Bill Duke’s feature credits include the two films mentioned (“Car Wash,” “American Gigolo”), which really launched him, as well as “Sister Act 2: Back in the Habit,” “Get Rich or Die Trying,” “Deep Cover,” “Hoodlum,” “Predator,” “Menace II Society” and “Not Easily Broken,” to name just a few. He has won NAACP Image Awards and been a nominee for a 1991 Cannes Film Festival Palme d’Or with “A Rage in Harlem.” Sundance Film Festival awarded “The Killing Floor” (1984) a Special Jury Prize and a Grand Jury Prize.  More recently, the Northeast Film Festival recognized “American Satan” with a Best Ensemble Prize and, in 2018-2019, Bill Duke can be seen as Agent Percy Odell in the television series “Black Lightning.”

Reading about how this 77-year-old African American actor/director/producer/writer rose from humble origins in Poughkeepsie, New York and how he continues to open the door for so many other talented black entertainers was interesting, educational and amusing. He seems to write from the heart with sincerity, although there are a few areas that he treats “once over lightly,” including his own bouts with drug addiction and his personal life.

When Duke talks about Leon, his desire to excel shines through. “Playing that role gave me an opportunity to show other sides of my acting ability.  I was seen by many casting directors as the big, tall, angry black man.  I wanted to show that I could be more than that.  The character of Leon was a soft-spoken brilliant sociopathic businessman, and I wanted the opportunity to let casting directors know that I had more range.”

Duke shares the trials and tribulations of being a television series regular. (“A television series is the hardest work for an actor on the face of this Earth.”) He thanks all those who have helped him along the way and does not speak ill of anyone, but does tell readers that, after appearing on a television series called “Palmerstown,” he could not find work as an actor for 2 years.

He explains, “In those days, they had something called a TV Q score, which was a way to measure how familiar audiences were with an actor, TV show, and so forth.  If you were on a television show that garnered a lot of publicity, you could be considered ‘overexposed,’ which could make it difficult to get hired for another television show or feature because your Q score went down.” He adds that the experience made him depressed and angry and convinced him that he had “better learn how to do more than just act.”

Thus began a career move towards producing, writing and directing and this quote:  “Once I figured Hollywood might typecast me as the police officer, I turned to directing.  That way, I could wait until an interesting project came along.” Duke has also moved into the job of Chairperson of the Department of Radio, Television and Film at Howard University, as of 2000.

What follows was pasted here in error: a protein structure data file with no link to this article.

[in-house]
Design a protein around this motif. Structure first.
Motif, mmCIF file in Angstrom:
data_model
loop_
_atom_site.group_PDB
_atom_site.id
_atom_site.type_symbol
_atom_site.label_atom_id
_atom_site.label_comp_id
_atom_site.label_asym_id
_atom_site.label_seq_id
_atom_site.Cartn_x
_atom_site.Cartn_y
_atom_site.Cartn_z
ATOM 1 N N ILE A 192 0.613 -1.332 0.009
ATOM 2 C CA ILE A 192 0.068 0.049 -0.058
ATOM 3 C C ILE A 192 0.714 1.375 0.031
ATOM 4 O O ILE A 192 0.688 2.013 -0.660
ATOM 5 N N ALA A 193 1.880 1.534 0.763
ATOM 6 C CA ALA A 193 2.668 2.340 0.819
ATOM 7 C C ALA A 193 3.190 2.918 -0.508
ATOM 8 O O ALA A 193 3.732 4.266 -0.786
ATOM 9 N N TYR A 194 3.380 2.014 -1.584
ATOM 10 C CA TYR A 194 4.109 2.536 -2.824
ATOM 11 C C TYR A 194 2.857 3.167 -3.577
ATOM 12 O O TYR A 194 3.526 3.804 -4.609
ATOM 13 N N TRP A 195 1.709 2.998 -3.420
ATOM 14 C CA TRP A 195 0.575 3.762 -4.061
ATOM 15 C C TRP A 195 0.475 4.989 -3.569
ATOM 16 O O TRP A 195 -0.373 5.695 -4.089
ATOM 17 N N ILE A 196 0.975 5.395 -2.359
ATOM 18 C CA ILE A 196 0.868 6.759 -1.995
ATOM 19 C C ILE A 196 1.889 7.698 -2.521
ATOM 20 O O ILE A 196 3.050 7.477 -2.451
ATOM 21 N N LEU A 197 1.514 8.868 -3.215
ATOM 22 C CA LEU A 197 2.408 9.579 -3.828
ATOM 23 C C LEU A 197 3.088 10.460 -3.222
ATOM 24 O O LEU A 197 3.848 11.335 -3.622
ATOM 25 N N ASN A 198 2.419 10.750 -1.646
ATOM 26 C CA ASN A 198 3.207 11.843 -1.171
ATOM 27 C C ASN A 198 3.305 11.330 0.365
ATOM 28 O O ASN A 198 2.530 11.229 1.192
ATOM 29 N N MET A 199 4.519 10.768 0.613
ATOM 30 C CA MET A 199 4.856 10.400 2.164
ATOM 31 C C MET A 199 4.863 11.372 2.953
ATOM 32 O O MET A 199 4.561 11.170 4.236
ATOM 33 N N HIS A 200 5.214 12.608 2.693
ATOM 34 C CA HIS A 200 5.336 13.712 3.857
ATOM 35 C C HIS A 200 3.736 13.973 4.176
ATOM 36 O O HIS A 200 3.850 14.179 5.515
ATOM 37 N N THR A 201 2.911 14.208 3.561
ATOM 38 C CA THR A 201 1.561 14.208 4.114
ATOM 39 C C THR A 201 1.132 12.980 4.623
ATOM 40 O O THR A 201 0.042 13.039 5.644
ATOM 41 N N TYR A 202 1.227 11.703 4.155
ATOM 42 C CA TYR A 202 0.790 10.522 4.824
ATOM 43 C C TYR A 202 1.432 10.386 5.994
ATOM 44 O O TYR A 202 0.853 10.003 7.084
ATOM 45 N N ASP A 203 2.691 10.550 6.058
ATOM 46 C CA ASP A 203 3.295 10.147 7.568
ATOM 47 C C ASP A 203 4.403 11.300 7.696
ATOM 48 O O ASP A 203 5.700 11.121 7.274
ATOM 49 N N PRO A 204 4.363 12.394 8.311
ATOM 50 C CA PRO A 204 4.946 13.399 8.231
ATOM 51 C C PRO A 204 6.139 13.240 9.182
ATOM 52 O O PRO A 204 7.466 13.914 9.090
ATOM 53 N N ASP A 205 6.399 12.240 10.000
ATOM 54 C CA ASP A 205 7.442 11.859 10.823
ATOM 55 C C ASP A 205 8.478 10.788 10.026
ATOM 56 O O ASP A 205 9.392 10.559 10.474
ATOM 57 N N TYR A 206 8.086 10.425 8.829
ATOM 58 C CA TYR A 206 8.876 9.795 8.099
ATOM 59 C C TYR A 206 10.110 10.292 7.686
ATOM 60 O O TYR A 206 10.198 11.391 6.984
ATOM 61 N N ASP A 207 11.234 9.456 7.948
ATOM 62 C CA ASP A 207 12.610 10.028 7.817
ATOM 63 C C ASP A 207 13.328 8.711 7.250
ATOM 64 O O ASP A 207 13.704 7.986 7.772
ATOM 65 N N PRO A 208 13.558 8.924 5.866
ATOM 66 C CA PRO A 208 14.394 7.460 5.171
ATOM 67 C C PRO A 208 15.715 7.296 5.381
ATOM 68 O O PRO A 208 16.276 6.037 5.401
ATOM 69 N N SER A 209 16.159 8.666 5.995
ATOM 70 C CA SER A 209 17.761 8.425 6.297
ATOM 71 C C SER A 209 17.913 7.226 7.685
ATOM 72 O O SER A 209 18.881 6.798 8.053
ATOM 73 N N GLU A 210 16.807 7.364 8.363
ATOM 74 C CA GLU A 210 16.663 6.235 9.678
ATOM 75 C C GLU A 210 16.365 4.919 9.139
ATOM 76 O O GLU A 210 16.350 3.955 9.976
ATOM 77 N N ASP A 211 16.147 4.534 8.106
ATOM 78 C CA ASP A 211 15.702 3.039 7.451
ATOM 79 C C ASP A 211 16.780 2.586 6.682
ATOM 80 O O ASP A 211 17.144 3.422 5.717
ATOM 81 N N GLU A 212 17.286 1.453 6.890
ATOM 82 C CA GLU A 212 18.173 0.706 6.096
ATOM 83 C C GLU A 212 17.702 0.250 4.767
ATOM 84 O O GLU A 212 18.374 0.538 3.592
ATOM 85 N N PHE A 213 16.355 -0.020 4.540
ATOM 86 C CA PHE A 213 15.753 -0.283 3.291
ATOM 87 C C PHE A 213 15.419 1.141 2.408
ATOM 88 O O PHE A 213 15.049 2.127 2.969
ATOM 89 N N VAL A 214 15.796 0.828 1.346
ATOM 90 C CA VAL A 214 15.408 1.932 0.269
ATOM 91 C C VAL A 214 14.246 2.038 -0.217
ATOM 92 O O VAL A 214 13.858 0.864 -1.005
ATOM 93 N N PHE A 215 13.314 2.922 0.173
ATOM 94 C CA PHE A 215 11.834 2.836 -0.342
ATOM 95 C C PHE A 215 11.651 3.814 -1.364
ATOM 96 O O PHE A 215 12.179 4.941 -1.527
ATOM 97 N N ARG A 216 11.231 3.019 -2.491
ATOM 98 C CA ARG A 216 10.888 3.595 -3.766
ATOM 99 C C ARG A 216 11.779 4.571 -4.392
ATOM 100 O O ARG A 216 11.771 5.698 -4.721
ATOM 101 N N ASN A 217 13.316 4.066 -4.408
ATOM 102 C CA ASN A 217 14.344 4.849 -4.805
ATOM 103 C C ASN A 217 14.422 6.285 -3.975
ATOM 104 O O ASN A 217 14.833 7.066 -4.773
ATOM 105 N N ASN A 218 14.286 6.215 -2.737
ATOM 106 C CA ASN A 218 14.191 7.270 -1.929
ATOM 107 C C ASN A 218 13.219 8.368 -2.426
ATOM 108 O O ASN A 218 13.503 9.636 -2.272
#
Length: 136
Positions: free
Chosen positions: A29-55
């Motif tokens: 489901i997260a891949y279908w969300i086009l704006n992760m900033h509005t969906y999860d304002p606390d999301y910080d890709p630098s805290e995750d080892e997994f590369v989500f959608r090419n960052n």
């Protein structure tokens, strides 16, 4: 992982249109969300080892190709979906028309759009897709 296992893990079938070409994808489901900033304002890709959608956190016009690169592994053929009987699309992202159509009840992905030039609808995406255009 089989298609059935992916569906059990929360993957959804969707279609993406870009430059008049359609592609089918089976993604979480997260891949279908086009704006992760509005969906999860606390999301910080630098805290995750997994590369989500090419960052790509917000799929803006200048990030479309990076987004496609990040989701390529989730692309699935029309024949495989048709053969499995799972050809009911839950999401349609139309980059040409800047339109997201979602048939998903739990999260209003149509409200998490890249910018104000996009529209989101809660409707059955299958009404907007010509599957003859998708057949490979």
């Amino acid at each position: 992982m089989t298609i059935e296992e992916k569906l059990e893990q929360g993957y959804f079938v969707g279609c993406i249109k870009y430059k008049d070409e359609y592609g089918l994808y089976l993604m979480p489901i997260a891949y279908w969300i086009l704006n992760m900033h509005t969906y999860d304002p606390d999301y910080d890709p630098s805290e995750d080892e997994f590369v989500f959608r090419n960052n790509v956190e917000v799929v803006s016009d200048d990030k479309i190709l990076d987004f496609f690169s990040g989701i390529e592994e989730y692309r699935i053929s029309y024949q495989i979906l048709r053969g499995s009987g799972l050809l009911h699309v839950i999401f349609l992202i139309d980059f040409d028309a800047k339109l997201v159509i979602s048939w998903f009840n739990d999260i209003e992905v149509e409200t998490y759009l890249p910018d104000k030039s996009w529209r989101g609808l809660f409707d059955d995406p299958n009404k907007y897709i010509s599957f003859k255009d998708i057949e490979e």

[*As an aside, I once interviewed the man responsible for the Q Score system. He had headquarters at that time in Marion, Iowa. At that point in time, he was tasked with making a television star spokesperson out of top model Cheryl Tiegs, something that never really worked. The man had worked for Gallup and took his knowledge of polling into the world of television and movies with the much-vaunted “Q Score” that Bill Duke mentions as having given him two years of idleness, sadness and depression. The Q Score Big Boss didn’t like what I had to say about the Q Score, so the article never ran.  I was paid a “kill fee” after I interviewed him in his Marion, Iowa, offices.]

Duke scored a collaborative job with Joel Silver on “Commando,” which introduced him to Arnold Schwarzenegger and Mark Lester (the director) and led, later, to his role as Mac in 1987’s “Predator.”’

PREDATOR STORY

One of the best stories in the book involves “Predator” and the unknown and inexperienced stuntman/actor hired to play the title creature. The actor was dressed in heavy black felt for the filming in the jungles near Puerto Vallarta. The heat and humidity were intolerable, causing the stuntman to pass out at least two times early on.

The director strode over and said, “If you pass out again, I’m going to have to fire you.” The original Predator creature (which did not appear in the film), was a smaller, more nimble creature that flew through jungle trees with speed and flexibility and fully packed laser guns. That Predator was also invisible and could strike his prey at any time. The bodysuit, including placement over the head and face, was originally used to insert computer-generated special effects over the actor’s body in post production. Unfortunately for the actor within the suit, he did pass out again.

At that moment, Joel Silver marched over to him and, as the actor awoke, suffering from exhaustion and dehydration, Silver said, “You’re fired.” The acrobatic, multitalented martial artist flying through the trees in a felt suit in one of his first jobs in America was Jean-Claude Van Damme.

ENCOURAGEMENT